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May 17, 2016

Posted by admin

When the Son Shines Anew: Migz Villafuerte

The youth are taking over: before we had 21-year-old Josh Edward Cobangbang as the youngest municipal mayor in the Ilocos region, there was Migz Villafuerte.

Migz is an odd combination. Not only is he on his second term as Camarines Sur governor, but he’s also a model and a wakeboarder. So how does a 20-something like him run an entire province as its governor, the youngest ever candidate to fill the position?

Here’s what he had to say:

On being a descendent of his father, three-term governor of the province

He made it a point to pull his own weight in preparation for his post. As his father LRay’s term was winding down, Migz intently “studied everything he was doing, and was present in all his meetings.” He explains: “That trained and readied me, paving the way for a very smooth transition. I didn’t even change any of my father’s employees.”

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On emerging the winning candidate over his grandfather 

“That was probably the toughest challenge in my life,” Migz recalls. “When I won in May, it was a bittersweet victory. I actually didn’t celebrate as much as I wanted to. Although I won, made history and was given the chance to serve, I also defeated my lolo (grandfather). I promised myself that I would never answer back and say anything against him,” Migz avers. “At the end of the day, we’re family. I believe that blood is thicker than water. Eventually, our wounds will heal. It’s just a matter of timing…  my lolo is a unique character. He’s an outspoken person.”

On being criticized for not having his own say in things

Migz simply says: “I know personally, and in my heart, that I’m the one running the province. That’s the most important thing. At the same time, what’s wrong about asking advice from my dad? He’s a three-term governor who accomplished a lot during his term, who knows the ins and outs of public service. Why not ask for help and advice? My father respects me, and I know he believes in me. He wouldn’t make me run if he knew I couldn’t run the province.”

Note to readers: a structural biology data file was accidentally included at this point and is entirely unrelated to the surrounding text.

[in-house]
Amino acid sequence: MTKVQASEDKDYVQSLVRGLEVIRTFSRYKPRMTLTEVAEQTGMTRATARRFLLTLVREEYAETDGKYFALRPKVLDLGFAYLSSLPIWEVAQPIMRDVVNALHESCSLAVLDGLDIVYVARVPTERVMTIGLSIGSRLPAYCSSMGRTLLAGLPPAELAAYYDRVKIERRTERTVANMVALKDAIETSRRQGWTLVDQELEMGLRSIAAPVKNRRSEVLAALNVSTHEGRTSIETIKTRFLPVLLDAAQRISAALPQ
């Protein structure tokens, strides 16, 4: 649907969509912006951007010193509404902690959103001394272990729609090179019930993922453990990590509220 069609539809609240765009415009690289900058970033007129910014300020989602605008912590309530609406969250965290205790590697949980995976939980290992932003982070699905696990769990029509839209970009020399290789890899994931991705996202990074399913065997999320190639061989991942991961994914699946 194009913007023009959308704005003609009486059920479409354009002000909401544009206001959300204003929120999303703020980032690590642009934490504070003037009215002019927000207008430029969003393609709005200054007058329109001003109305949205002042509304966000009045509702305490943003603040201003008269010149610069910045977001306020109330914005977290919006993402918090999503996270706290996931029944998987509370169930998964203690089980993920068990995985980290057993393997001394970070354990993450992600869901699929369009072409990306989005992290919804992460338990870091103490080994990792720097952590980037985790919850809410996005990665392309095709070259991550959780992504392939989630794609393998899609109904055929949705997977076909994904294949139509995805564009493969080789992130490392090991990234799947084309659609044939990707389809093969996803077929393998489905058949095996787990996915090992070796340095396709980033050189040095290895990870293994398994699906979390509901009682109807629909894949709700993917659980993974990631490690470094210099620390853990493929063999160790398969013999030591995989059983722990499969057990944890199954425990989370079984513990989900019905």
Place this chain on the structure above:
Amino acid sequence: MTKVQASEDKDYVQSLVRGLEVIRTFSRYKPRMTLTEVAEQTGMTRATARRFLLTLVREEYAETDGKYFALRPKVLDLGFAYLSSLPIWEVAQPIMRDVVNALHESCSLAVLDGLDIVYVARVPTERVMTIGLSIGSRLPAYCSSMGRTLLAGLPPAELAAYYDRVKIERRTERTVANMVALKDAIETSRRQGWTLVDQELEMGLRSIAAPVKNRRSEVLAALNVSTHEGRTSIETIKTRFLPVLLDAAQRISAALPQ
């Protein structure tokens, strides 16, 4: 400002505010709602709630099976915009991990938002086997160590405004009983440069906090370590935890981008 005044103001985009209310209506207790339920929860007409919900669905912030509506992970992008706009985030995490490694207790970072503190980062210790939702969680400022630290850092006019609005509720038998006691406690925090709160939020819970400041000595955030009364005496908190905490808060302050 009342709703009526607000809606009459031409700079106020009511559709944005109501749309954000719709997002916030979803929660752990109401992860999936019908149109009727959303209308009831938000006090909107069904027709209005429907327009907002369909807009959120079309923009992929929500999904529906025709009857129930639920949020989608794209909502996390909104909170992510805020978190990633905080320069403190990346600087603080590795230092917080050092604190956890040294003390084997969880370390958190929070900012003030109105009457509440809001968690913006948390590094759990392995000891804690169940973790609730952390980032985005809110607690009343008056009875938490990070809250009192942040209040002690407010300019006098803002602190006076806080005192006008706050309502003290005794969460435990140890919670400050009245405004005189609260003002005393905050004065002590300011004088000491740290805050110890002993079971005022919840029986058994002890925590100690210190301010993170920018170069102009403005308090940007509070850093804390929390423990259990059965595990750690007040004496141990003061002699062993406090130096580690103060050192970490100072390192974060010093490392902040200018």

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On comparing himself with his father and grandfather

Migz describes Luis Sr. as a “performer,” and his dad, an even better one. “My mentality is just to equal their accomplishments. But being young and idealistic, of course, I want to surpass them. Pero mapantayan ko lang ay masaya na ako. (I’d be happy to match their achievements). I really consider my grandfather and father my idols. Imagine, my grandfather was governor for 16 years; Dad for nine years. Combined, that’s longer than I’ve been around!”

On the issue of political dynasties in the Philippines

As for those who take umbrage at a “Villafuerte dynasty,” Migz explains thus: “Every single Filipino has the right to serve the public. Just because you’re part of a political family doesn’t mean you should be deprived of that right… I believe we’re not a dynasty. My lolo, my father and I have different ideologies; different styles of leadership.”

For Migz, it’s not about responding to negativity, but putting in the honest work to prove the voters were right to trust him.

On learning one of the hard truths about public service